The state of mental health at Utah State University

Local News

LOGAN (ABC4 News) – The topic of mental health is a growing concern for young adults. In a recent report released by the Utah System of Higher Education, more than 50 percent of students surveyed at Utah State University reported feeling hopeless in the past 12 months. School administrators said they have added four more positions to their counseling center to help meet the increasing need.

The report surveyed respondents from nine undergraduate institutions. Data collected from 1,157 students at Utah State University showed:

  • Nearly 55 percent “felt things were hopeless”
  • Nearly 90 percent “felt overwhelmed by all they had to do”
  • About 80 percent felt “exhausted (not from physical activity)”
  • About 85 percent “felt very lonely”
  • More than 85 percent “felt very sad”
  • More than 40 percent “felt so depressed it was difficult to function”
  • More than 70 percent “felt overwhelming anxiety”
  • More than 60 percent “felt overwhelming anger”
  • Nearly 10 percent “intentionally cut, burned, bruised, or otherwise injured themselves”
  • More than 10 percent “seriously considered suicide”
  • About 2 percent “attempted suicide”
  • About 22 percent have “ever been diagnosed with depression”
  • Nearly 50 percent expressed difficulty in handling academics
  • Nearly 40 percent expressed difficulty in handling finances
  • About 55 percent reported experiencing more than average levels of stress
  • Nearly 20 percent indicated they have ever received psychological or mental services from their university’s counseling or health services.

Amanda DeRito, Director of Crisis Communications and Issues Management for Utah State University, said the number of total clients accessing their Counseling and Psychological Services (CAPS) has increased 36 percent from the three-month period between July and September 2019 compared to the same period last year.

“While USU continues to add more resources, the needs for services is continuing to rise, and CAPS is looking at creative ways to use our resources to meet the increasing needs of students,” said DeRito.

The need is so dire that earlier this school year, students agreed to raise fees to provide the funding needed for more mental health experts. DeRito said the total fee increase was $10.46 per student, which covered most of the salaries for four new positions.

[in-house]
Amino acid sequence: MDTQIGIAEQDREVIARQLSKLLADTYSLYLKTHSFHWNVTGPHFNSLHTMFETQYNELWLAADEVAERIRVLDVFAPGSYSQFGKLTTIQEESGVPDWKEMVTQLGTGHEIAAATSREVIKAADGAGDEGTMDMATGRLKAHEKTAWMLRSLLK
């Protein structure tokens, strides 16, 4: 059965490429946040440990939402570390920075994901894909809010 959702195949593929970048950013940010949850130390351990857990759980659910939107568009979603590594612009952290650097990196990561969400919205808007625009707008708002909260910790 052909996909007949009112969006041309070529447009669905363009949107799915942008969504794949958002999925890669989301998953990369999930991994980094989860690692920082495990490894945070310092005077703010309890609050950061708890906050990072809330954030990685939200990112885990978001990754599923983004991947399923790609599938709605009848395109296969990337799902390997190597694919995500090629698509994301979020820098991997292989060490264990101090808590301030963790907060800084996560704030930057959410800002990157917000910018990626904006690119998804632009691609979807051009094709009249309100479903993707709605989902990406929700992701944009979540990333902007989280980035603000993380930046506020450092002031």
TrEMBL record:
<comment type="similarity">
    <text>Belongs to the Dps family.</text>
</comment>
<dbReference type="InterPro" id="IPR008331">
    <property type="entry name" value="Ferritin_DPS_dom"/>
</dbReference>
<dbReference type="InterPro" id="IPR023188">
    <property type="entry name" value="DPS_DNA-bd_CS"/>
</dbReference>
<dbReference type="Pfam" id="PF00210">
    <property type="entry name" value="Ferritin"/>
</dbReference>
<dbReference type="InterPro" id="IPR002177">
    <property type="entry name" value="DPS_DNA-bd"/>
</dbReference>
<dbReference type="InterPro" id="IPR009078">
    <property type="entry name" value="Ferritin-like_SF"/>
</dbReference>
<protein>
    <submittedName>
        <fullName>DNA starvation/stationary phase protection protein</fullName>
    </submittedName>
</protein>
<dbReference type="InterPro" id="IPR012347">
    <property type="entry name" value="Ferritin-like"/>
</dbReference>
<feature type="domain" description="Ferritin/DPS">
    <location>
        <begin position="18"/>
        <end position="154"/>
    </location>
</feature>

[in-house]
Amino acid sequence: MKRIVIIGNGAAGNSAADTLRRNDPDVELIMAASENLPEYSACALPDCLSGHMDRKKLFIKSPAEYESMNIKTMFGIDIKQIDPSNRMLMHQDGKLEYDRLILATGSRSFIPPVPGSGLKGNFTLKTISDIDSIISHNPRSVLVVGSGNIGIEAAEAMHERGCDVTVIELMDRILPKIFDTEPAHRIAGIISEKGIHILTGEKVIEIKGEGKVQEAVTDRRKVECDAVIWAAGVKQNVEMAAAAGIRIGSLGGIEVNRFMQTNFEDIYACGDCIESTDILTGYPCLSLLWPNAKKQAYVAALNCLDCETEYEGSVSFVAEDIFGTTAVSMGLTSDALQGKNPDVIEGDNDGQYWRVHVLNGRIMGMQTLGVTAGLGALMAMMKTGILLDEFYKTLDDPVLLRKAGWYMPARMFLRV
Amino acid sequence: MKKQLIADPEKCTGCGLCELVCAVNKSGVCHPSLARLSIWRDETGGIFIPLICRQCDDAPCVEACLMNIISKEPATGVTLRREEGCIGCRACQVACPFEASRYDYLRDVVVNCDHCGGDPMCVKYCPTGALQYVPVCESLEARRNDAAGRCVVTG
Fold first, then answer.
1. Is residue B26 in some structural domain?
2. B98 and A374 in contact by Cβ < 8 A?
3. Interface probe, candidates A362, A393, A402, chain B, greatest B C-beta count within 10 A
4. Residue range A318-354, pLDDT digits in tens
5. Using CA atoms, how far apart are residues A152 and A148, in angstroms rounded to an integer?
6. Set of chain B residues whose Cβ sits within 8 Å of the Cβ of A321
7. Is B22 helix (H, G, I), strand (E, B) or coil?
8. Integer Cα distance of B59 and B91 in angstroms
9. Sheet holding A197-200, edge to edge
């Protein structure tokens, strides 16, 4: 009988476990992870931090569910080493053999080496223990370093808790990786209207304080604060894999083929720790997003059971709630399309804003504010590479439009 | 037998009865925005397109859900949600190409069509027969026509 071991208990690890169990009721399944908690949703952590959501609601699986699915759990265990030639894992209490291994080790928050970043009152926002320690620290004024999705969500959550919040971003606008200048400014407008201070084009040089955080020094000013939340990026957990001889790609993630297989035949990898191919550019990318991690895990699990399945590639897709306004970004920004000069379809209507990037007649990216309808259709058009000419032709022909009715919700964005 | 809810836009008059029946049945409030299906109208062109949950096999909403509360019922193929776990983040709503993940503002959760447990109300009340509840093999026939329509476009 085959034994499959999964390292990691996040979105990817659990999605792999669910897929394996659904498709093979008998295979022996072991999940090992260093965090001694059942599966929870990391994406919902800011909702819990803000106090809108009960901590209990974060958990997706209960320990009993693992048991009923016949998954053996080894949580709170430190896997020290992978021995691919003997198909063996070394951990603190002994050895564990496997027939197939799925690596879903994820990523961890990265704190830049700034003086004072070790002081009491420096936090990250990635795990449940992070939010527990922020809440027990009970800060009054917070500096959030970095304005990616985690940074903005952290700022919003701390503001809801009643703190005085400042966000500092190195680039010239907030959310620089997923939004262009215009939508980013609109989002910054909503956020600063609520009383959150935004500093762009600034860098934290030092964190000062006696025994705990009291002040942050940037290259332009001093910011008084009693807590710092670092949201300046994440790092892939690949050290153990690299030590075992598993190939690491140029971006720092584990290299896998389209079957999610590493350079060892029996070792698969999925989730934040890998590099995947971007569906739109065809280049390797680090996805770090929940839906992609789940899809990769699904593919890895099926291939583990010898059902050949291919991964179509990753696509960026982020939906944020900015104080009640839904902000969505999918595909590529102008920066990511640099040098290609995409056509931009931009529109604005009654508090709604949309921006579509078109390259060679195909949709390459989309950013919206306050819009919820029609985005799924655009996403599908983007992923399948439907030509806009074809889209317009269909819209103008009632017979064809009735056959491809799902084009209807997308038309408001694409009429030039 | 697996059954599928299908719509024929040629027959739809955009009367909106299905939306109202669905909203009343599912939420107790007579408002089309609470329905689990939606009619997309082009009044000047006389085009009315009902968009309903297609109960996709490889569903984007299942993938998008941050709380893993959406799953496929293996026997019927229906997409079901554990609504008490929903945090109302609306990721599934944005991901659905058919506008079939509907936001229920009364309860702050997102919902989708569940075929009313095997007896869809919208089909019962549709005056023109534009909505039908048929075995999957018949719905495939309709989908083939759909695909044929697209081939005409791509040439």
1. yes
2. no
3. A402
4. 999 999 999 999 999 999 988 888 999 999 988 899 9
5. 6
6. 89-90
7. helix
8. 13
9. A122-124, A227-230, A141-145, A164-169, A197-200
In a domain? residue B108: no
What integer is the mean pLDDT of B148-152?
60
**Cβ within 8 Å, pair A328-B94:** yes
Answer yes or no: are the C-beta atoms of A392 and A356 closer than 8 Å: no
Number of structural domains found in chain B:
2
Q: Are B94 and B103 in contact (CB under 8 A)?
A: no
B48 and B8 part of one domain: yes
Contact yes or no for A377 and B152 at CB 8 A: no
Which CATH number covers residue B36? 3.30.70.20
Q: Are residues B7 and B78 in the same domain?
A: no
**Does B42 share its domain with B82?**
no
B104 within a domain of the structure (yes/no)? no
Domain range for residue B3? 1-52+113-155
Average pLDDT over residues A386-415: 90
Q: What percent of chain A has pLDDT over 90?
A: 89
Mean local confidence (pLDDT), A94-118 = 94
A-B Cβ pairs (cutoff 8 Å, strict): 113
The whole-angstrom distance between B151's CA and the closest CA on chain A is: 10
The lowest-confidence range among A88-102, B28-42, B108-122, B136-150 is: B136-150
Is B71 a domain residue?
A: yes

In August, the university announced those four positions are:

  • Two psychologists
  • One licensed marriage and family therapist
  • One case manager
  • (Three full-time pre-doctoral psychology internship positions)

“In addition, CAPS works closely with the Student Health Center, which provides brief mental health therapy sessions with USU graduate psychology students working under the supervision of a licensed psychologist. The Student Health Center is the only office on campus that provides psychiatric medication services,” the statement said.

DeRito clarified that CAPS does not have a waitlist, as some students have said. She explained that when students come in, they are evaluated on their mental health needs. Clients who have an urgent need will be seen earlier. Other students will be scheduled according to the immediacy of their needs.

“We reserve crisis appointments for that reason,” she said. “But they don’t just say, ‘We’ll see you in a few weeks.’ We give them all sorts of resources and offer other services like group therapy and peer support.”

Officials said both CAPS and the Student Health Center provide mental health services free of charge to undergraduate students who are enrolled for at least 9 credits and graduate students who are enrolled for at least 6 credits.

“Students and community members can also receive mental health services based upon a sliding-scale fee schedule through the Behavioral Health Clinic at the Sorenson Center for Clinical Excellence,” according to the statement.”

For students who would rather not make an appointment, the university funds access for its students to the SafeUT app, provided by the University of Utah Health Sciences. The mobile app offers short crisis-oriented sessions with trained therapists through a confidential chat feature, or by calling through the app.

For more information on Utah State University’s mental health resources, click here.


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